You’d expect a movie like this to focus on the revenge sub-plot, or to be played out as a horror movie, but Six Hours to Live is more concerned with the spiritual and emotional journey taken by Onslow in those six precious hours. He wants to ensure the happiness of the woman he loves, and to do this he comes up with an ingenious scheme involving his rival for her affections.

He has an encounter with a woman whose in was killed in the last war, a woman who believes that his stand on the trade treaty will lead to another war. He also encounters a prostitute who takes him to the Carnival of Venus, in a somewhat Expressionist scene that is one of the movie’s high points.

Dieterle directs with flair and energy, and the movie has some great visual moments. Baxter is effective as Onslow. The worst feature of Hollywood horror and science fiction movies of this era is the comic relief that the studios were convinced formed an essential part of such movies. Mercifully there is almost none of that in this film.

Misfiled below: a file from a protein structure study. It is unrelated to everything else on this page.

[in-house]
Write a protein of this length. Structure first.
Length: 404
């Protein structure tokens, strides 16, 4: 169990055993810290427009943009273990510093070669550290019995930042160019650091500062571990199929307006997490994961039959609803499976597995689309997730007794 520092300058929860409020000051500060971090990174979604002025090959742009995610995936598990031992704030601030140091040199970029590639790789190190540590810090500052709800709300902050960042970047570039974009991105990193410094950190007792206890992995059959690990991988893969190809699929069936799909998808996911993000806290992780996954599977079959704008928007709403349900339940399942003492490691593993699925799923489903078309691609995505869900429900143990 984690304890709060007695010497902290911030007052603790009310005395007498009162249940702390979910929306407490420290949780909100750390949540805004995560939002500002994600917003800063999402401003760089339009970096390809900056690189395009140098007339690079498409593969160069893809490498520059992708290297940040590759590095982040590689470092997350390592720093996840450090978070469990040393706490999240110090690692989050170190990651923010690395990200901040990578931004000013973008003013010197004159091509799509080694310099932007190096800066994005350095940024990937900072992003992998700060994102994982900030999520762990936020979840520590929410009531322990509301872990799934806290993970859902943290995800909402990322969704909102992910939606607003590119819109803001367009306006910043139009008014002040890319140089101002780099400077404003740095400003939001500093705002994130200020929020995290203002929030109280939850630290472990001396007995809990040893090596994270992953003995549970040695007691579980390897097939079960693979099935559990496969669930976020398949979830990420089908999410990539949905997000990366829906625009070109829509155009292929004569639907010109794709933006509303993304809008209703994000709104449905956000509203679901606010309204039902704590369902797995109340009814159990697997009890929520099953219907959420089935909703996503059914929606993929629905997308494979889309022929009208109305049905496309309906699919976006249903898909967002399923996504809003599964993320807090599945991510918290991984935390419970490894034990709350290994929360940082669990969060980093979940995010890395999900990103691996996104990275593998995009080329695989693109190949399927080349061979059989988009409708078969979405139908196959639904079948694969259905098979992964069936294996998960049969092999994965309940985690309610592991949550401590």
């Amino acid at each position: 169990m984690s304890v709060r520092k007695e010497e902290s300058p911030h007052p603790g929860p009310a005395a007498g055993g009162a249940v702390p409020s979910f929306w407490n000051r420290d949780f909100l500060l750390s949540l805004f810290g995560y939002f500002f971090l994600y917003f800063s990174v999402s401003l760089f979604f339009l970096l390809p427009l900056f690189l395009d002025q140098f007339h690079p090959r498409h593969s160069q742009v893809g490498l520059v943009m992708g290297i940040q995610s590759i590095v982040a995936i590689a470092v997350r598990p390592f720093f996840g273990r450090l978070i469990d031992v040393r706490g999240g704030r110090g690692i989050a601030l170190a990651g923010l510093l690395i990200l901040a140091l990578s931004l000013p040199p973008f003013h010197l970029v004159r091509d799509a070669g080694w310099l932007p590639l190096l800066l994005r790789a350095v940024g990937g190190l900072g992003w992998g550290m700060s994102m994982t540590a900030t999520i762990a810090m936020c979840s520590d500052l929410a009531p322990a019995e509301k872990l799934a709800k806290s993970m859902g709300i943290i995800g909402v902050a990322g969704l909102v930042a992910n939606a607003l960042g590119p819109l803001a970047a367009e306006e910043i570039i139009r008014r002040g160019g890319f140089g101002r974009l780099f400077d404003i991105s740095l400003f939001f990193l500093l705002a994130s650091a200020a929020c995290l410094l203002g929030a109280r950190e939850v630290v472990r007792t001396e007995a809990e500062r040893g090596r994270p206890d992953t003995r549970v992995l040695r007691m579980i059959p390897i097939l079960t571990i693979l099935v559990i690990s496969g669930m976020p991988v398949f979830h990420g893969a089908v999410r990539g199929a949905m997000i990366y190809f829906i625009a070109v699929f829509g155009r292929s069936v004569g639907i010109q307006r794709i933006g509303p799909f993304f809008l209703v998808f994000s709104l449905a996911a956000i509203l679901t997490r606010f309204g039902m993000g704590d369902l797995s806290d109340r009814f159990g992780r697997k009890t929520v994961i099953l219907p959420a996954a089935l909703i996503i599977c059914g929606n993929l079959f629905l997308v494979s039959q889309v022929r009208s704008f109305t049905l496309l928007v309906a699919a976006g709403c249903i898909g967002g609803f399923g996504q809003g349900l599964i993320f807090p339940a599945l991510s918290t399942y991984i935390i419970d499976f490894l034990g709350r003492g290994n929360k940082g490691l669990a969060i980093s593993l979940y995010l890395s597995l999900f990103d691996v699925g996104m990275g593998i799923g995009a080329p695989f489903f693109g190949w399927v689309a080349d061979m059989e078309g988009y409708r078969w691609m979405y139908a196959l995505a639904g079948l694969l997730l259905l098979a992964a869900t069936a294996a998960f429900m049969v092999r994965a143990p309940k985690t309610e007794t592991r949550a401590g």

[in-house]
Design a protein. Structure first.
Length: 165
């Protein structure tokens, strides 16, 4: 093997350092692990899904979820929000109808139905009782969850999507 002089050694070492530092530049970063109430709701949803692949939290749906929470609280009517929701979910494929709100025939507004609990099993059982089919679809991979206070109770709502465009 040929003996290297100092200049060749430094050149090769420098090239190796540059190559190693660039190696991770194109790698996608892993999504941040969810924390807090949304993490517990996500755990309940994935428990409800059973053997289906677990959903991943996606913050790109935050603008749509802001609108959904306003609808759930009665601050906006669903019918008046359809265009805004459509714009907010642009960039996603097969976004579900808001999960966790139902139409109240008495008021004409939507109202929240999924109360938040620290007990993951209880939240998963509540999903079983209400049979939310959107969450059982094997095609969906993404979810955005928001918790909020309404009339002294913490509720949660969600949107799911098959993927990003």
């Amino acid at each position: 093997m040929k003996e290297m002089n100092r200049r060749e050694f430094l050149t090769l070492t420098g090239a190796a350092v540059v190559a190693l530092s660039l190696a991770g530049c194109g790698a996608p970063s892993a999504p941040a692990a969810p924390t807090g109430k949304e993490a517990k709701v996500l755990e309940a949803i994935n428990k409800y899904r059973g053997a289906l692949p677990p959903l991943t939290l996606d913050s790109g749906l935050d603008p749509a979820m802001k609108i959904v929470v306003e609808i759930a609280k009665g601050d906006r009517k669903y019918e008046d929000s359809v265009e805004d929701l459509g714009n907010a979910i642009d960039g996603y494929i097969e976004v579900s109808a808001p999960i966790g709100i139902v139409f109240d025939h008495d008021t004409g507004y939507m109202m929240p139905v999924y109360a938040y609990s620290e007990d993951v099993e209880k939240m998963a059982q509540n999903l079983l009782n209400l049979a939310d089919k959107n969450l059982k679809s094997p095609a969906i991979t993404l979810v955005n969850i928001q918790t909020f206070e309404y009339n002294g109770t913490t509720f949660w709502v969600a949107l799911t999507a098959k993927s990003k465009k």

I had some issues with this movie, mainly to do with the way the science vs religion theme was handled and with its tendency towards sentimentality, but those issues are really matters of personal taste. Six Hours to Live is a strange but interesting little movie, and it’s one that is well worth seeking out.

Thursday, 25 December 2008

Common Law Cabin (1967)

Even by the standards of Russ Meyer films Common-Law Cabin is a strange one. It’s a kind of transitionary film, between the dark and violent weirdness of movies like Mudhoney and Faster Pussycat! Kill! Kill! and the more colourful and rather lighter surreal sex comedies like Vixen.